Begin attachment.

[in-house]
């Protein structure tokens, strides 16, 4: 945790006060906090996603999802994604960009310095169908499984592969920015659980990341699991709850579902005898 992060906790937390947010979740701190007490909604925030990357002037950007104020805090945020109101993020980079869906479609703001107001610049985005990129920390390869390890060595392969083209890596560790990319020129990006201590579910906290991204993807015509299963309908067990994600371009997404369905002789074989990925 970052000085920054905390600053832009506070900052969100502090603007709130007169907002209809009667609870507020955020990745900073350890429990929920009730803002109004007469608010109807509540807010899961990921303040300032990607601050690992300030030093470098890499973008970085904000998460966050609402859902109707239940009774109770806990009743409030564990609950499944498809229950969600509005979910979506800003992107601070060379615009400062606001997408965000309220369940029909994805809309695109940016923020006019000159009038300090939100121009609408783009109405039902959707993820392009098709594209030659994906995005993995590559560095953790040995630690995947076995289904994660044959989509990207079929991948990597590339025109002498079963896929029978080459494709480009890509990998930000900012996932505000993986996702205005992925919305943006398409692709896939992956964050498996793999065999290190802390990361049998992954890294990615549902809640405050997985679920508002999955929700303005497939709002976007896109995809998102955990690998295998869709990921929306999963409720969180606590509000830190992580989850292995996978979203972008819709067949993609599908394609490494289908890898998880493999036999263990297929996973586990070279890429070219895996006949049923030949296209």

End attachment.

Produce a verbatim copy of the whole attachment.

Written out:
[in-house]
């Protein structure tokens, strides 16, 4: 945790006060906090996603999802994604960009310095169908499984592969920015659980990341699991709850579902005898 992060906790937390947010979740701190007490909604925030990357002037950007104020805090945020109101993020980079869906479609703001107001610049985005990129920390390869390890060595392969083209890596560790990319020129990006201590579910906290991204993807015509299963309908067990994600371009997404369905002789074989990925 970052000085920054905390600053832009506070900052969100502090603007709130007169907002209809009667609870507020955020990745900073350890429990929920009730803002109004007469608010109807509540807010899961990921303040300032990607601050690992300030030093470098890499973008970085904000998460966050609402859902109707239940009774109770806990009743409030564990609950499944498809229950969600509005979910979506800003992107601070060379615009400062606001997408965000309220369940029909994805809309695109940016923020006019000159009038300090939100121009609408783009109405039902959707993820392009098709594209030659994906995005993995590559560095953790040995630690995947076995289904994660044959989509990207079929991948990597590339025109002498079963896929029978080459494709480009890509990998930000900012996932505000993986996702205005992925919305943006398409692709896939992956964050498996793999065999290190802390990361049998992954890294990615549902809640405050997985679920508002999955929700303005497939709002976007896109995809998102955990690998295998869709990921929306999963409720969180606590509000830190992580989850292995996978979203972008819709067949993609599908394609490494289908890898998880493999036999263990297929996973586990070279890429070219895996006949049923030949296209």